Managing Team Project Collections

The Team Project Collections section is perhaps the second-most used section of the Administration Console. This section of the console allows you to perform all tasks that relate to collections. The tasks range from creating new collections to managing security, moving collections, and viewing collection logs.

To get to the Team Project Collections section of the tool, log on to your application tier server and open the Team Foundation Server Administration Console from the Start menu. The tree in the left pane will show Application Tier and then Team Project Collections. As shown in Figure 21.12, you will see a list of the Team Project Collections available in your environment.


If you are using a Basic or Express configuration of Team Foundation Server, or your application tier is running on a client operating system (such as Windows 7 with SP1, Windows 8, or Windows 8.1), the SharePoint and Reporting tabs described in this section won't be available.


Figure 21.12 Team Project Collections

General Tab

The General tab shows the full URL of the collection that can be used to connect from Microsoft Test Manager and Team Explorer Everywhere. Each collection can (but does not have to) reside on a different SQL Server Instance to the Tfs_Configuration database. The General tab shows the SQL Server Instance that the current collection is hosted on.

As shown in Figure 21.13, you can also view or edit the description of the collection from the General tab, and administer the group membership and permissions for users and groups in the collection.


Figure 21.13 General tab

Stop and Start a Collection

From the General tab of a collection, if a collection is currently running, you can stop it and prevent all new requests by clicking the Stop Collection link. This presents the dialog box shown in Figure 21.14, which allows you to specify a message that users will receive when they attempt to connect to the collection.


Figure 21.14 Team Project Collection Status Reason dialog box

This is useful if you need to perform maintenance on the underlying SQL server, or for any other reason that you need to take a single collection offline. Once the collection is stopped, you can click the Start Collection link to bring the collection back online and start accepting requests again.

Status Tab

As shown in Figure 21.15, the Status tab displays each of the jobs that have been executed for that collection. You can open the log for any of these jobs by double-clicking the entry.


Figure 21.15 Status tab

In some circumstances, a job may fail. This can occur because of an interrupted patch installation, a mismatched server and collection version, or a timeout. In these cases, it is possible to attempt the job again by clicking the Rerun Job link. You can view the current progress of a running job by double-clicking the entry.

When you are performing a server upgrade, it's possible to close the upgrade wizard before all the collections have finished upgrading. Additionally, when you are performing a collection import, the import process is command-line only, and it can be difficult to gauge the progress of the import. In these cases, you can also double-click the job to view the current progress of the upgrade or import job.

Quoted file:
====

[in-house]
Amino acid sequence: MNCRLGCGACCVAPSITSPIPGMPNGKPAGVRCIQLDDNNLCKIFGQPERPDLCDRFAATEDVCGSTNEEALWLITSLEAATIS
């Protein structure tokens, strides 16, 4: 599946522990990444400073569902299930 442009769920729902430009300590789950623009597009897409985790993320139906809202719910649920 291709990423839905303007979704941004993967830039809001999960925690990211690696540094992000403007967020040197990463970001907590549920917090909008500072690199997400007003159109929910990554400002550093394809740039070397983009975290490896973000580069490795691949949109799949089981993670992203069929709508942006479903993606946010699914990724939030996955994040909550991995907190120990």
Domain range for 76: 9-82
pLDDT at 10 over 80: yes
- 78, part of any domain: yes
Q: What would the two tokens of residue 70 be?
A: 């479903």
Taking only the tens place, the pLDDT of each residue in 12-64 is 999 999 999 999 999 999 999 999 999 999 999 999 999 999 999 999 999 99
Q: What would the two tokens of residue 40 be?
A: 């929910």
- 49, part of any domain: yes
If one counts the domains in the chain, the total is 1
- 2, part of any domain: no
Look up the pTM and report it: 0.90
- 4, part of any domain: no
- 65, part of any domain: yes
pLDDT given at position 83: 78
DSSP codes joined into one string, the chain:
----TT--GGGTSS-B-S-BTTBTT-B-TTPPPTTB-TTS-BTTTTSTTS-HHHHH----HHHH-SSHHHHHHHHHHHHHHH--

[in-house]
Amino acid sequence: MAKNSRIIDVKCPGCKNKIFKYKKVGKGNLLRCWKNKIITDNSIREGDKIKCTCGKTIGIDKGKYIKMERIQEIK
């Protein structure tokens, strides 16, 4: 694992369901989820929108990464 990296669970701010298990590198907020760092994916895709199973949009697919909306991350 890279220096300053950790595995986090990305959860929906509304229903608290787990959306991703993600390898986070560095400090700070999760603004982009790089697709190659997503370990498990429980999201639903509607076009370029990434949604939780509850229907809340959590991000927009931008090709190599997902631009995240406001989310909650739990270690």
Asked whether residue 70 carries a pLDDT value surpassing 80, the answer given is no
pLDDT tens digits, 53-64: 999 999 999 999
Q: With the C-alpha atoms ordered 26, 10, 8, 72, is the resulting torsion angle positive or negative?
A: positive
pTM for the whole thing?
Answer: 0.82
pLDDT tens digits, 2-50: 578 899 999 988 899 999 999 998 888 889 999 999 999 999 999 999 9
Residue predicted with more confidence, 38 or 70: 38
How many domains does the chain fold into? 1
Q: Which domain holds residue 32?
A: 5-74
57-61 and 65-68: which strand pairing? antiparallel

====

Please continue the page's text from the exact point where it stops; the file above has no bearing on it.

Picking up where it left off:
Team Projects Tab

This tab displays the list of team projects in the collection, along with their descriptions. Because of the existing implementation of the Project Creation Wizard, it's not possible to add new team projects through the Administration Console. You still must use Visual Studio Team Explorer 2013 to create new team projects in a collection.

From the Team Projects tab shown in Figure 21.16, an administrator can delete a team project. Once a project is selected, the Delete link is available.


Figure 21.16 Team Projects tab

After clicking the Delete link, you can optionally delete lab management, reporting, and build artifacts that relate to the team project. Figure 21.17 shows the dialog box you would use to do this. Additionally, you can optionally delete the version control workspace associated with the project.

Data May Remain Undeleted After Deleting a Team Project

Deleting a team project can leave remnants of the team project in the system. For example, the team project data will remain in the data warehouse until it is rebuilt. Work item tracking metadata shared between other team projects is not deleted. Version control shelvesets that contain code from other team projects are also not deleted.

For more information on deleting a team project, see “TFSDeleteProject: Deleting Team Projects” on MSDN at


Figure 21.17 Delete Team Projects dialog box

SharePoint Site Tab

Team Foundation Server allows you to configure any SharePoint site for your team project's project portal. As shown in Figure 21.18, this tab shows you the default site location that will be used to create project portals for new team projects. When you create a team project or configure a project portal for an existing team project, this is the URL that will be used by default.


Figure 21.18 SharePoint Site tab

If you don't specify a default site location here, then no default will be provided for new or existing team projects when they are created or modified.